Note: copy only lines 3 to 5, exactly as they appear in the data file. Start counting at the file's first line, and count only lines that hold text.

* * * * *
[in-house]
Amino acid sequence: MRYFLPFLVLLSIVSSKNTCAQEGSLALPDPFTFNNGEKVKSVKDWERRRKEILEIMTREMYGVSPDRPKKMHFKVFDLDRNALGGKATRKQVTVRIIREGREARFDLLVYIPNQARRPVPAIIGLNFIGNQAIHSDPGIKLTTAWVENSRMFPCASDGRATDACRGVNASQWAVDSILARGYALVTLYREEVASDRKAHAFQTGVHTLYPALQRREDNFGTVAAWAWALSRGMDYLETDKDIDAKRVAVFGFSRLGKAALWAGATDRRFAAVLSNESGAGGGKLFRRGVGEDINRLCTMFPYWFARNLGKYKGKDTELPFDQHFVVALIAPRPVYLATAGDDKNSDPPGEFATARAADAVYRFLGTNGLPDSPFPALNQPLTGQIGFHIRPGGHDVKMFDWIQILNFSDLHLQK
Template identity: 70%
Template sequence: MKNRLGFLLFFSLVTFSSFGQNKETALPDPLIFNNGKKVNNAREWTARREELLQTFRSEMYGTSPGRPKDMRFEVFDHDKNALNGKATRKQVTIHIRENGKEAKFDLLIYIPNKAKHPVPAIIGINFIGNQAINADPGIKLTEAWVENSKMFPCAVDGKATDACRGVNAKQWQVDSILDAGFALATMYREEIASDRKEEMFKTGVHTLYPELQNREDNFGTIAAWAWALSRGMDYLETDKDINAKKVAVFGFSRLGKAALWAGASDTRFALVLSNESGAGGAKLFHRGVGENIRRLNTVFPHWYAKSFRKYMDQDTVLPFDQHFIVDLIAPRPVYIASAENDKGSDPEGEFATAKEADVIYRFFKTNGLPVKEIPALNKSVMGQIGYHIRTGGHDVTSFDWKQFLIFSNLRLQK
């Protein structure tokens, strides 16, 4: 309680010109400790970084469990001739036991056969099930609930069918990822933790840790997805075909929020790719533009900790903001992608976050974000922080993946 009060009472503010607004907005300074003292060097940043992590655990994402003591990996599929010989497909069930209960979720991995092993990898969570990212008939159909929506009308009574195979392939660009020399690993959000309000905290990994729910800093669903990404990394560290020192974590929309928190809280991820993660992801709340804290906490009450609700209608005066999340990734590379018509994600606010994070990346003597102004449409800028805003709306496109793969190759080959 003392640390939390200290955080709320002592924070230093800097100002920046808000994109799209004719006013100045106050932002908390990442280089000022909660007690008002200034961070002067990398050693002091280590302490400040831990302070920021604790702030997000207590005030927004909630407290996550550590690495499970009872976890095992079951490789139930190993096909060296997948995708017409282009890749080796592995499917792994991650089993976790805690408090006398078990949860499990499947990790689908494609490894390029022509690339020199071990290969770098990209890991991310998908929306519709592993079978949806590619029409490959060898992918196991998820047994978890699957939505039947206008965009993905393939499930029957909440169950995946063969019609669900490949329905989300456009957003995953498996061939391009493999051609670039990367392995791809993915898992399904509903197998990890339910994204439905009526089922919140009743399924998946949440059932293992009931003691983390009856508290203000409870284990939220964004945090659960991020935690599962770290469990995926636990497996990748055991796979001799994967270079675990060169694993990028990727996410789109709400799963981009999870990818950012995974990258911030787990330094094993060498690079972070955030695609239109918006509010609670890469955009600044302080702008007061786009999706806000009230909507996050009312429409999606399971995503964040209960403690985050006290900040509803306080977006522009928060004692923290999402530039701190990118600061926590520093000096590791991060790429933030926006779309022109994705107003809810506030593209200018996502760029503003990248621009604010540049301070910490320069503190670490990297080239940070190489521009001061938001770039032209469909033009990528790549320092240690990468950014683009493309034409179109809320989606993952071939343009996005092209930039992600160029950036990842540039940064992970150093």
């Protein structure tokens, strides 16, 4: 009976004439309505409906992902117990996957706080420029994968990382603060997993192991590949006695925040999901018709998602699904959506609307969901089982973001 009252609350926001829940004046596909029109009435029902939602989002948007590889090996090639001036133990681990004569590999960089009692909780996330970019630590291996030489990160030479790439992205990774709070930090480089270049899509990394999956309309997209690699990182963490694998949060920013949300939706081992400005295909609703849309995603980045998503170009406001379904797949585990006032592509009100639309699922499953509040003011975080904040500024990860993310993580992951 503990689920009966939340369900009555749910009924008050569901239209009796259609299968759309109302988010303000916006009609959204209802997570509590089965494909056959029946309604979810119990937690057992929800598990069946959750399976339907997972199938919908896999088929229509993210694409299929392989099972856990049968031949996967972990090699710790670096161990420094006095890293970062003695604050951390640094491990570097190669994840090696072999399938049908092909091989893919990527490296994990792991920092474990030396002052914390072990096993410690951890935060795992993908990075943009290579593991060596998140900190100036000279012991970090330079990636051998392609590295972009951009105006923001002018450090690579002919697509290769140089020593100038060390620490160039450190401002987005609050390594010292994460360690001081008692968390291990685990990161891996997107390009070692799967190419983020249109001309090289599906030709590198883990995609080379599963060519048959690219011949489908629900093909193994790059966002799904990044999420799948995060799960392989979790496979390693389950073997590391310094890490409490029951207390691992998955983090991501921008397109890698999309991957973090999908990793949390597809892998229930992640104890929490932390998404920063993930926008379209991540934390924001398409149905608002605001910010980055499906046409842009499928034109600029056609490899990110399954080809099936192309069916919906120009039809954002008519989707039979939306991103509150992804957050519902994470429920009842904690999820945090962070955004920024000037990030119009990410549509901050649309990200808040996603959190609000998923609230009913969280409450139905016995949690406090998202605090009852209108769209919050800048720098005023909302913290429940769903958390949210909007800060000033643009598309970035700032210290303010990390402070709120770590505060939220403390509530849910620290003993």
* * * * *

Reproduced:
Template identity: 70%
Template sequence: MKNRLGFLLFFSLVTFSSFGQNKETALPDPLIFNNGKKVNNAREWTARREELLQTFRSEMYGTSPGRPKDMRFEVFDHDKNALNGKATRKQVTIHIRENGKEAKFDLLIYIPNKAKHPVPAIIGINFIGNQAINADPGIKLTEAWVENSKMFPCAVDGKATDACRGVNAKQWQVDSILDAGFALATMYREEIASDRKEEMFKTGVHTLYPELQNREDNFGTIAAWAWALSRGMDYLETDKDINAKKVAVFGFSRLGKAALWAGASDTRFALVLSNESGAGGAKLFHRGVGENIRRLNTVFPHWYAKSFRKYMDQDTVLPFDQHFIVDLIAPRPVYIASAENDKGSDPEGEFATAKEADVIYRFFKTNGLPVKEIPALNKSVMGQIGYHIRTGGHDVTSFDWKQFLIFSNLRLQK
């Protein structure tokens, strides 16, 4: 309680010109400790970084469990001739036991056969099930609930069918990822933790840790997805075909929020790719533009900790903001992608976050974000922080993946 009060009472503010607004907005300074003292060097940043992590655990994402003591990996599929010989497909069930209960979720991995092993990898969570990212008939159909929506009308009574195979392939660009020399690993959000309000905290990994729910800093669903990404990394560290020192974590929309928190809280991820993660992801709340804290906490009450609700209608005066999340990734590379018509994600606010994070990346003597102004449409800028805003709306496109793969190759080959 003392640390939390200290955080709320002592924070230093800097100002920046808000994109799209004719006013100045106050932002908390990442280089000022909660007690008002200034961070002067990398050693002091280590302490400040831990302070920021604790702030997000207590005030927004909630407290996550550590690495499970009872976890095992079951490789139930190993096909060296997948995708017409282009890749080796592995499917792994991650089993976790805690408090006398078990949860499990499947990790689908494609490894390029022509690339020199071990290969770098990209890991991310998908929306519709592993079978949806590619029409490959060898992918196991998820047994978890699957939505039947206008965009993905393939499930029957909440169950995946063969019609669900490949329905989300456009957003995953498996061939391009493999051609670039990367392995791809993915898992399904509903197998990890339910994204439905009526089922919140009743399924998946949440059932293992009931003691983390009856508290203000409870284990939220964004945090659960991020935690599962770290469990995926636990497996990748055991796979001799994967270079675990060169694993990028990727996410789109709400799963981009999870990818950012995974990258911030787990330094094993060498690079972070955030695609239109918006509010609670890469955009600044302080702008007061786009999706806000009230909507996050009312429409999606399971995503964040209960403690985050006290900040509803306080977006522009928060004692923290999402530039701190990118600061926590520093000096590791991060790429933030926006779309022109994705107003809810506030593209200018996502760029503003990248621009604010540049301070910490320069503190670490990297080239940070190489521009001061938001770039032209469909033009990528790549320092240690990468950014683009493309034409179109809320989606993952071939343009996005092209930039992600160029950036990842540039940064992970150093």